The most common element in the universe, hydrogen has the highest energy content per unit weight of any known fuel. Yet it never occurs by itself in nature - it always combines with other elements such as oxygen (for water) and carbon (for fossil fuels).
Once separated, hydrogen is the ultimate clean energy carrier. It can be non-polluting, is as safe as gasoline and can be produced anywhere.
NASA's space shuttles use hydrogen-powered fuel cells to operate electrical systems and the key emission, water, is consumed by the crew.

How is Hydrogen produced?
It can be extracted from any substance with hydrogen: water, fossil fuels and even some organic matter.
Almost all of the 40 million tons of hydrogen used worldwide today comes from natural gas though a process called reforming. Natural gas is made to react with steam, producing hydrogen and carbon dioxide. The hydrogen is then used to make ammonia for fertilizer, in refineries to make reformulated gasoline, and in the chemical, food and metals industries. This is the cheapest way to make hydrogen today and is likely the way we will make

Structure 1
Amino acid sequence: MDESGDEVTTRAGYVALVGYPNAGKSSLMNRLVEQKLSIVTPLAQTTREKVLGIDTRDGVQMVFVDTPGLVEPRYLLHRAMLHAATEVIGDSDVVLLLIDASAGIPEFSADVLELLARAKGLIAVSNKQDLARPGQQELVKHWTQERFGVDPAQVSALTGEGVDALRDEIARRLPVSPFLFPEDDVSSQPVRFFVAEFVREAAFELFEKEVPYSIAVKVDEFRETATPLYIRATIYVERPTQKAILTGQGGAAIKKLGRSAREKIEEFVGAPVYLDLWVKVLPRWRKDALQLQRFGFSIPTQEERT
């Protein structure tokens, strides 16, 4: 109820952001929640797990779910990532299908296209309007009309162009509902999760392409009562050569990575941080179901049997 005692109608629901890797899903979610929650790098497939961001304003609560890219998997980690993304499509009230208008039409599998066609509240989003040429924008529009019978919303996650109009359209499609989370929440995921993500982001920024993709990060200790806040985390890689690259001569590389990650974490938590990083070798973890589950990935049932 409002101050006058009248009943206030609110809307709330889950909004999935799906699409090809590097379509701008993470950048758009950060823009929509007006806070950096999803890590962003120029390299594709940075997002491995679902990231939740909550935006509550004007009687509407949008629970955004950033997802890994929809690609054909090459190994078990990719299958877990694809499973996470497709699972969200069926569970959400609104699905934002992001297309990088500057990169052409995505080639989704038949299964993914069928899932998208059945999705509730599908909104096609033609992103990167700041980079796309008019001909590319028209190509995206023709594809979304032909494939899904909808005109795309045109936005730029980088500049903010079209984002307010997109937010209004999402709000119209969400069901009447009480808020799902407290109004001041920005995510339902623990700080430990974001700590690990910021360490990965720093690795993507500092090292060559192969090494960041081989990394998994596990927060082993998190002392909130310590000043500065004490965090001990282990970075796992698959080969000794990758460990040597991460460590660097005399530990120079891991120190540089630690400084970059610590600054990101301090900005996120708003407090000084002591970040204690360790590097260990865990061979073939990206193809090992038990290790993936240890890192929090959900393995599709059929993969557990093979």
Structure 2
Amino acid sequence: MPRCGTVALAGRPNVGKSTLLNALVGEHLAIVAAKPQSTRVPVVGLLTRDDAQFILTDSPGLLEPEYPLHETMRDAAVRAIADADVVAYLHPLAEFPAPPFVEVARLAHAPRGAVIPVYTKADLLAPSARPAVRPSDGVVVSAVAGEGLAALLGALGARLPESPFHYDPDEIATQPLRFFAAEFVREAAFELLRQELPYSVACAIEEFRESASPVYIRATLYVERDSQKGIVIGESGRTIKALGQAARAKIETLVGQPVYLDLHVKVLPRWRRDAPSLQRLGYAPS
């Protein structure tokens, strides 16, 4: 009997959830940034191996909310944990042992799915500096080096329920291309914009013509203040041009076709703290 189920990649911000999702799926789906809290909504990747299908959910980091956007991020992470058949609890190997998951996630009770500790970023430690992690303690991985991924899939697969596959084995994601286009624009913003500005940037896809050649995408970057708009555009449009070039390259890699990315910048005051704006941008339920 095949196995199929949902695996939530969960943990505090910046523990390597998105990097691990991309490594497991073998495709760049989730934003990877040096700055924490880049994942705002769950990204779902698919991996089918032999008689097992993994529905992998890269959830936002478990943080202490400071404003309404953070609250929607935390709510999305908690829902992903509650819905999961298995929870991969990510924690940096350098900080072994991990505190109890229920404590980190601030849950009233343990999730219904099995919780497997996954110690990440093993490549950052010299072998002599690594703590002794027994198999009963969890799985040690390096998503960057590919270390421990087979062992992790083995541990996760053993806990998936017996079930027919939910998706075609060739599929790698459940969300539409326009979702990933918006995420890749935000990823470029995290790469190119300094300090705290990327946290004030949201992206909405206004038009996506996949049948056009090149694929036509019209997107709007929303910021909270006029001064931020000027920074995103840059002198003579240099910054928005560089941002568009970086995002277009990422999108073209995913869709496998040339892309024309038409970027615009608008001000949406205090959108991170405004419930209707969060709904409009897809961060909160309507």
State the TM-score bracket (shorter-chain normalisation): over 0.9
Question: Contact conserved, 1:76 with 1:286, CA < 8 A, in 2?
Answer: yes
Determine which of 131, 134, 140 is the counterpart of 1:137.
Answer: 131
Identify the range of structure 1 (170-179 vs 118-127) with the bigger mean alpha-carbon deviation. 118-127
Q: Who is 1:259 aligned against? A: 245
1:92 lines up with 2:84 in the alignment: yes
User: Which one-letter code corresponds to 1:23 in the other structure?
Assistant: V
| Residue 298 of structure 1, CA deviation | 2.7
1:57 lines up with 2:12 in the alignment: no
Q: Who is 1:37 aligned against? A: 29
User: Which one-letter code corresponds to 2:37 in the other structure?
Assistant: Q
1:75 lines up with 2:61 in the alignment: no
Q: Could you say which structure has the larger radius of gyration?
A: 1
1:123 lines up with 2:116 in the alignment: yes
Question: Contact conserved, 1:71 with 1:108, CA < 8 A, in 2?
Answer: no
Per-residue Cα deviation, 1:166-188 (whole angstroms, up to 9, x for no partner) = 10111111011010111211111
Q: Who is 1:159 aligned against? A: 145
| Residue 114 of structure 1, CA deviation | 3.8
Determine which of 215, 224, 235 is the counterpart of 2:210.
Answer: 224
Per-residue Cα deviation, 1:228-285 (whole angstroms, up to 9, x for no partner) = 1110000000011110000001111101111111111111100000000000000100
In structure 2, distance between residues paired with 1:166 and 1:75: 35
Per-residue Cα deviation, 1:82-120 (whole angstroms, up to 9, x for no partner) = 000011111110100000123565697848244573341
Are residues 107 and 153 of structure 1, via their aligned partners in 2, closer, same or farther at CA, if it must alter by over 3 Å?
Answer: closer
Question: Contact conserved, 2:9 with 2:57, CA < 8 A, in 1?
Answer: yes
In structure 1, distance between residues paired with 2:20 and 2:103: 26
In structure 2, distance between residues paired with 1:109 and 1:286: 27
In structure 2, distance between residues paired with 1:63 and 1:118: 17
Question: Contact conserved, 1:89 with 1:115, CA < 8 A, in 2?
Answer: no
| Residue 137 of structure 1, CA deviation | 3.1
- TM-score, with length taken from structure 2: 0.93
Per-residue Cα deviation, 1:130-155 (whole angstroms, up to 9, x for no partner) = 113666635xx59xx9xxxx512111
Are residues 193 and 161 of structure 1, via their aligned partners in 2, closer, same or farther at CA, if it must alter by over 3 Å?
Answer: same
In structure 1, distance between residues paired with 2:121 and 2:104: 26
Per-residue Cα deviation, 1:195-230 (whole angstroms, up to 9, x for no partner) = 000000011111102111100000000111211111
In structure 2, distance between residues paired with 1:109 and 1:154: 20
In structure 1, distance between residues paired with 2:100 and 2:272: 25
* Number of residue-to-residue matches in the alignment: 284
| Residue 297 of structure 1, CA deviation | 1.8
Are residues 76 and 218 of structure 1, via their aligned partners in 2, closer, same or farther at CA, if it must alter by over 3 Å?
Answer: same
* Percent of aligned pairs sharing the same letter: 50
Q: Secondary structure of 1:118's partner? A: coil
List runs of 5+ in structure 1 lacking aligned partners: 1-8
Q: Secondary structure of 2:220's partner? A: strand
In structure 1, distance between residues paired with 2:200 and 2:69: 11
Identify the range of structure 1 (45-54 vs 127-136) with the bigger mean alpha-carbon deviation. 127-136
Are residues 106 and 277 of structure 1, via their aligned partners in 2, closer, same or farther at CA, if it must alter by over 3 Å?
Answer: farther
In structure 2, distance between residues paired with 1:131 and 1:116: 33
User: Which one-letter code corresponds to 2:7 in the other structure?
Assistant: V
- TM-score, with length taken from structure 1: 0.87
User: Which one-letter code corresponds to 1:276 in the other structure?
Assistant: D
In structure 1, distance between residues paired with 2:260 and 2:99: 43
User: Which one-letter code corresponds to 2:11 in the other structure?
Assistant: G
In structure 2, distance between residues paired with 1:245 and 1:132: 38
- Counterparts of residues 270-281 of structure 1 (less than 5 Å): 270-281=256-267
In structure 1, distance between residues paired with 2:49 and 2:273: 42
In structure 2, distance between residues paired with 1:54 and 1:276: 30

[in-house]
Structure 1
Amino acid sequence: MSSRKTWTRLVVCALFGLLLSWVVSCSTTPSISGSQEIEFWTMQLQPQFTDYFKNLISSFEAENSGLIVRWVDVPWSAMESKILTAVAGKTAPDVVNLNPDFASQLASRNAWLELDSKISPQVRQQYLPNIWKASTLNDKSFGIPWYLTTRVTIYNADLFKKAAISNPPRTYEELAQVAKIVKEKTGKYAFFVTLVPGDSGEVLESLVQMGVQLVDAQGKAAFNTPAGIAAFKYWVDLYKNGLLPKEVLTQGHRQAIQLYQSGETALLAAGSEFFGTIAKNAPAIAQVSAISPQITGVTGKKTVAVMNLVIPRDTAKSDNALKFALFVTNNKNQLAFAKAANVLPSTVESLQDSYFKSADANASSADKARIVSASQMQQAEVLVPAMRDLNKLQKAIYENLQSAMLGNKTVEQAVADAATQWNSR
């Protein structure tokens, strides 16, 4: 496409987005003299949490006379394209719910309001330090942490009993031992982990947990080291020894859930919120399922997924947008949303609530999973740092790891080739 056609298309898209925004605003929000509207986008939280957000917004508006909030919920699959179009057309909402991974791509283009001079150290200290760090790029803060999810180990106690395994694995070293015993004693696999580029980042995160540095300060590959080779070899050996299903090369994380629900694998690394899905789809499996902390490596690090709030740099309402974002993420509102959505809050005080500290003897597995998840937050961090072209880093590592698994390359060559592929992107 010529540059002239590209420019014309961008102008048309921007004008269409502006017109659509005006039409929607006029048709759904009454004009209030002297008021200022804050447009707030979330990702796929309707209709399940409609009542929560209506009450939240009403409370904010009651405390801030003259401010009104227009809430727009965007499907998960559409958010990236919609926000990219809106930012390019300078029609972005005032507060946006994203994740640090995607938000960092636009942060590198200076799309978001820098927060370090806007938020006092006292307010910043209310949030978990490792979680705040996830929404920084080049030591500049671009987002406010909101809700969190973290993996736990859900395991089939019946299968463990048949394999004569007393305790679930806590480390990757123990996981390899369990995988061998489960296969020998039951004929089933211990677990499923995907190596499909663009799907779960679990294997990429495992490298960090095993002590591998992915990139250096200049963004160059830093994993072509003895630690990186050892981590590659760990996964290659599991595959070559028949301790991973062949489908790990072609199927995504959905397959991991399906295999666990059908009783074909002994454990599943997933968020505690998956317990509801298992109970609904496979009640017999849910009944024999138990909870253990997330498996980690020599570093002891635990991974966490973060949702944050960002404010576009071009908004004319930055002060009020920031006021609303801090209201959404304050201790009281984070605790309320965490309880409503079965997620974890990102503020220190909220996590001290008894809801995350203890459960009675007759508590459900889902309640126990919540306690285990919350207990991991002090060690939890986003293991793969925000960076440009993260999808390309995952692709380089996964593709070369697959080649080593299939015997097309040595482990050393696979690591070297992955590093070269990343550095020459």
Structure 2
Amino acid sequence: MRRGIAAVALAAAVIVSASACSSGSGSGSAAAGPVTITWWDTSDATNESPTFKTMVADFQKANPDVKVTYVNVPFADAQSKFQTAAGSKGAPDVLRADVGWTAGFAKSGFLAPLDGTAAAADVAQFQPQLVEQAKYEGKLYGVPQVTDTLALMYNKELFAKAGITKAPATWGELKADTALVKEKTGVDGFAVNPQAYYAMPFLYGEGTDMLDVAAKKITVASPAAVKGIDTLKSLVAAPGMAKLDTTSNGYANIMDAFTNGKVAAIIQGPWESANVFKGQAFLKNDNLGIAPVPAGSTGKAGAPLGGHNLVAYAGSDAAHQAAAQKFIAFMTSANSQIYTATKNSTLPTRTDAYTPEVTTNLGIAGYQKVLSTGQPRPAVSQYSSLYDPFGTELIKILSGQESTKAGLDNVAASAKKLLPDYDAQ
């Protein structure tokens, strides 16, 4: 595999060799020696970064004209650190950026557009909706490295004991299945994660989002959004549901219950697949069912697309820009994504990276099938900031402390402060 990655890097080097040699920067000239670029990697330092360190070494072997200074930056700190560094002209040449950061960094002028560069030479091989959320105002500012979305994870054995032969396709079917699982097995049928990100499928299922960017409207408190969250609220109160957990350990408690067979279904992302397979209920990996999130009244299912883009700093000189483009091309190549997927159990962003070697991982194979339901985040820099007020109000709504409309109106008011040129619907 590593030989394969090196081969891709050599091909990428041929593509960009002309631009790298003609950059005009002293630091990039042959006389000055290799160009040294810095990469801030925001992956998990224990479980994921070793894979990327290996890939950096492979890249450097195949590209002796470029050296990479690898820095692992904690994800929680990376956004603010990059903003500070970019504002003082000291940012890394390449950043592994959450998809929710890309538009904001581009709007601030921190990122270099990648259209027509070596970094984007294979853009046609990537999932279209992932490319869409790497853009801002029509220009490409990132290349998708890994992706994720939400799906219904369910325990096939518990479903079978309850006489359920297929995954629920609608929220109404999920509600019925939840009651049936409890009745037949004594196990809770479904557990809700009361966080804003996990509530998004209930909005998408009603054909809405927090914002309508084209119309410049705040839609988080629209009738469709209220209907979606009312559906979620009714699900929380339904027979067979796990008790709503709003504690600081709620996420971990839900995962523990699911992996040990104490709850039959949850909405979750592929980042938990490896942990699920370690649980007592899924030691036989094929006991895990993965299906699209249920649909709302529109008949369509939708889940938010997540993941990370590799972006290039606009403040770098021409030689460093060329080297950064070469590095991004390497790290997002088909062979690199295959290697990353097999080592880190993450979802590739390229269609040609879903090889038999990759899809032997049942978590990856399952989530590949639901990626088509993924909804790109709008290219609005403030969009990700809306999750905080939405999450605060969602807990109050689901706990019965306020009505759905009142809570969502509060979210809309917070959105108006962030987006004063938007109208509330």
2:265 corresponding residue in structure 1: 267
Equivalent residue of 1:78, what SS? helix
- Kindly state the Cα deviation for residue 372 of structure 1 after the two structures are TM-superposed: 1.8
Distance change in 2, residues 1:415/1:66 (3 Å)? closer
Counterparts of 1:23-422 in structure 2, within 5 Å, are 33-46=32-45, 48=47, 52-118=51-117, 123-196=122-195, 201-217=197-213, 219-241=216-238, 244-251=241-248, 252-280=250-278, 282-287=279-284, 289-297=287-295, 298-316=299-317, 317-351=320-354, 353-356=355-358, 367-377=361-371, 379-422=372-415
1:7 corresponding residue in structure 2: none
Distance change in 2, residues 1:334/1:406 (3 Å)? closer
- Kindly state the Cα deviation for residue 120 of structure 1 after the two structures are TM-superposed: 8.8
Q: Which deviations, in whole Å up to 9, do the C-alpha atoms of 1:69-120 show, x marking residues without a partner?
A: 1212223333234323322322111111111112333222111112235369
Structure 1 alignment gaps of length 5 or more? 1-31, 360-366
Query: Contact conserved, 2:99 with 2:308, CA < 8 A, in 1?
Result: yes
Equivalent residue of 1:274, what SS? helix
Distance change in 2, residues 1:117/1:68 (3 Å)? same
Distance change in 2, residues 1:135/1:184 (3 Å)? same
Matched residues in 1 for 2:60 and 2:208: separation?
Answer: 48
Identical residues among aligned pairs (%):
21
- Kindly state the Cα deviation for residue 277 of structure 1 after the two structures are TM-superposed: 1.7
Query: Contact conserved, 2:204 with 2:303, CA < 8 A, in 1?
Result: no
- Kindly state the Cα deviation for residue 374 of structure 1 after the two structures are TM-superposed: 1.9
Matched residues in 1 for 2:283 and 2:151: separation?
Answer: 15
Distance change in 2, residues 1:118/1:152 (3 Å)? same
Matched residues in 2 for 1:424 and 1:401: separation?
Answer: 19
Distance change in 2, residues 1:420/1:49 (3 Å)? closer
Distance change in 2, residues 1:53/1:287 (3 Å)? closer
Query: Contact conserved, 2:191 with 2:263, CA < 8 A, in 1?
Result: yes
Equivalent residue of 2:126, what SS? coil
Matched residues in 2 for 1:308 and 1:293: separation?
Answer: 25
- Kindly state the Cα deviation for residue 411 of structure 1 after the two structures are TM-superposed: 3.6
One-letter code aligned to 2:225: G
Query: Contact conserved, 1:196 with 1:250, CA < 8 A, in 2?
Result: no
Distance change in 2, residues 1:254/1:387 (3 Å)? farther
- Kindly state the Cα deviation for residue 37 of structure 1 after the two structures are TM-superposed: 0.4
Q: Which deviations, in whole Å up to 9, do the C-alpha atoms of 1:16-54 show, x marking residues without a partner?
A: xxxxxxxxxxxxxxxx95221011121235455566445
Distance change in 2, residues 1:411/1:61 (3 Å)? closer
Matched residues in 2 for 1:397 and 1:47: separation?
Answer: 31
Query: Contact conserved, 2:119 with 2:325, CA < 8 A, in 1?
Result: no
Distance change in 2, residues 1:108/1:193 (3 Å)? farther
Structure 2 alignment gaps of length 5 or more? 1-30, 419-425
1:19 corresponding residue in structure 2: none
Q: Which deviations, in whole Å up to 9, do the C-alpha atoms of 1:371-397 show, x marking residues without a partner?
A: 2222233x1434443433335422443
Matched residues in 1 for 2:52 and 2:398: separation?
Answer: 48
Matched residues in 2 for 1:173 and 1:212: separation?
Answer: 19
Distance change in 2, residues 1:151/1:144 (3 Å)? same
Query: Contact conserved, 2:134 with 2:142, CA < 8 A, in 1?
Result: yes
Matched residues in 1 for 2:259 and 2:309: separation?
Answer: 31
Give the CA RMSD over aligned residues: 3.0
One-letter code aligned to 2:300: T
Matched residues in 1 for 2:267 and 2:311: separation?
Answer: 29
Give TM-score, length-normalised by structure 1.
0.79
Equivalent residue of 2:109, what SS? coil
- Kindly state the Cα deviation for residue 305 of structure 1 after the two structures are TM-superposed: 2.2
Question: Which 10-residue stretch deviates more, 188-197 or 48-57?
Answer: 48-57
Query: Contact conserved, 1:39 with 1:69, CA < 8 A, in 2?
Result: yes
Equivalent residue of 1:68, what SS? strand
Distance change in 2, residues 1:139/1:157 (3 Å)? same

hydrogen for fuel cell vehicles in the near future. Hydrogen also can be made from coal in a similar process where the coal is reacted with steam. Either way, though, the process releases carbon dioxide, a gas tied to global warming.
Carbon-free methods involve splitting water into its component parts of hydrogen (H2) and oxygen (O). Electrolysis uses an electric current to separate water into hydrogen and oxygen. The electric current has to itself be produced, and the easiest but least efficient way is via some fossil fuel. The holy grail of hydrogen is to use a renewable source like solar, wind, hydro, geothermal or biomass power to create the current, making the process pollution free and sustainable.